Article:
(ALPHA)2(BETA)1 Integrin-Induced Breast Cancer Differentiation
Annual summary 1 Aug 1999-31 Jul 2000
SCRIPPS RESEARCH INST LA JOLLA CA
Pagination or Media Count:
Breast cancer is prone to metastasize to distant organs such as the skeleton. For tumor cells to spread through the blood stream and create distant metastases, they must establish a stable anchorage to the blood vessels and arrest, withstanding the shearing force, before invading the stroma. Several lines of evidence suggest that platelets provide this anchorage. Tumor cells, including breast cancer cells, are known to bind to platelets. In the blood stream, they bind to activated platelets that adhere to the blood vessel walls through bridging molecules such as fibrinogen or von Willebrand factor. Although the molecules on the tumor cells that interact with these bridging molecules have not yet been identified and may vary depending upon the tumor, alpha-IIb-Beta-3 integrin on platelets is responsible for the interaction between platelets and the bridging molecules. Thus, blocking alpha-IIb-Beta-3 function is the common target for preventing the hematogenous metastasis of tumors, including breast cancer. To investigate the ligand binding mechanisms of alpha-IIb-Beta-3, I identified the putative fibrinogen binding site in alpha-IIb, which comprises eight discontinuous short segments. Several amino acid residues within these segments were critical for fibrinogen binding. These findings will be the basis for developing antimetastasis therapeutics for breast cancer.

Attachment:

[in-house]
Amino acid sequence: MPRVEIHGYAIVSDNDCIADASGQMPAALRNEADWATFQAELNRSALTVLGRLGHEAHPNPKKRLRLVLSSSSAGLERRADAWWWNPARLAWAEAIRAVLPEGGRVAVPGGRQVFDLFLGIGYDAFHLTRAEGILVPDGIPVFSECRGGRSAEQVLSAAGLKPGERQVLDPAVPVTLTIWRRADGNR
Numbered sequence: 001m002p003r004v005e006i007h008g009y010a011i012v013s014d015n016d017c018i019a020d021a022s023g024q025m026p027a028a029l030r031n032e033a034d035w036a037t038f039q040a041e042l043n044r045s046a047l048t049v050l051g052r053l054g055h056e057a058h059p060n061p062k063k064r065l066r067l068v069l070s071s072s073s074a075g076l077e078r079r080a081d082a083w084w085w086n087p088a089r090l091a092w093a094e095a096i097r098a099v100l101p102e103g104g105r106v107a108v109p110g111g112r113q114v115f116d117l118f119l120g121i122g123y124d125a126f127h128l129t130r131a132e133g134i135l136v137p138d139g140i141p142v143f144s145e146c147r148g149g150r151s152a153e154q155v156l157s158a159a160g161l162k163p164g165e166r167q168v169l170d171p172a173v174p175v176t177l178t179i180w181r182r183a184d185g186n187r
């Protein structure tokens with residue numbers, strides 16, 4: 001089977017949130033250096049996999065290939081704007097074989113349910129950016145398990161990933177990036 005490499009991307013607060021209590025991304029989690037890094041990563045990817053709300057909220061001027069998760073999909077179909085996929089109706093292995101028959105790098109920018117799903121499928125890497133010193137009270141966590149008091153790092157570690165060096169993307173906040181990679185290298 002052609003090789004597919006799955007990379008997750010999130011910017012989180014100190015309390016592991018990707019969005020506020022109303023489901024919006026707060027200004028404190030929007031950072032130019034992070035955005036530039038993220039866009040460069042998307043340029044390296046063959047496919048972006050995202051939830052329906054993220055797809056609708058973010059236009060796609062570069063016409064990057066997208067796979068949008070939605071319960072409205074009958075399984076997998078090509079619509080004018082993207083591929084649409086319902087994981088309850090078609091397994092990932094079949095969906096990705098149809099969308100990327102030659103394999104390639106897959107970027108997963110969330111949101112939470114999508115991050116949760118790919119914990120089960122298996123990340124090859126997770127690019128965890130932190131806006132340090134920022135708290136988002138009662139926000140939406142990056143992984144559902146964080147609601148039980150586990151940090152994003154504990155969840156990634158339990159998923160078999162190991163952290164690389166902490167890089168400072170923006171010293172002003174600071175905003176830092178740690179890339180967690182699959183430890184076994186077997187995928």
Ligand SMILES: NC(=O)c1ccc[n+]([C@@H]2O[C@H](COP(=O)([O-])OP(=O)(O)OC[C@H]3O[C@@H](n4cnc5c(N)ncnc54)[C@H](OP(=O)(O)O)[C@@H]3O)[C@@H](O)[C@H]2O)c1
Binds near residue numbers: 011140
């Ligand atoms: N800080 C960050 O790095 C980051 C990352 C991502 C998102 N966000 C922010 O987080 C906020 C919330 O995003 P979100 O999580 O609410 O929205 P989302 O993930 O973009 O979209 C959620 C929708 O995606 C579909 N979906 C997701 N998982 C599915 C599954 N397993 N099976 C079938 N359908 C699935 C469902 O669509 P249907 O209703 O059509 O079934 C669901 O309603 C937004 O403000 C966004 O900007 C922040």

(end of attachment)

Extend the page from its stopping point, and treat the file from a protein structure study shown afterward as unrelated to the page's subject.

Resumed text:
- Medicine and Medical Research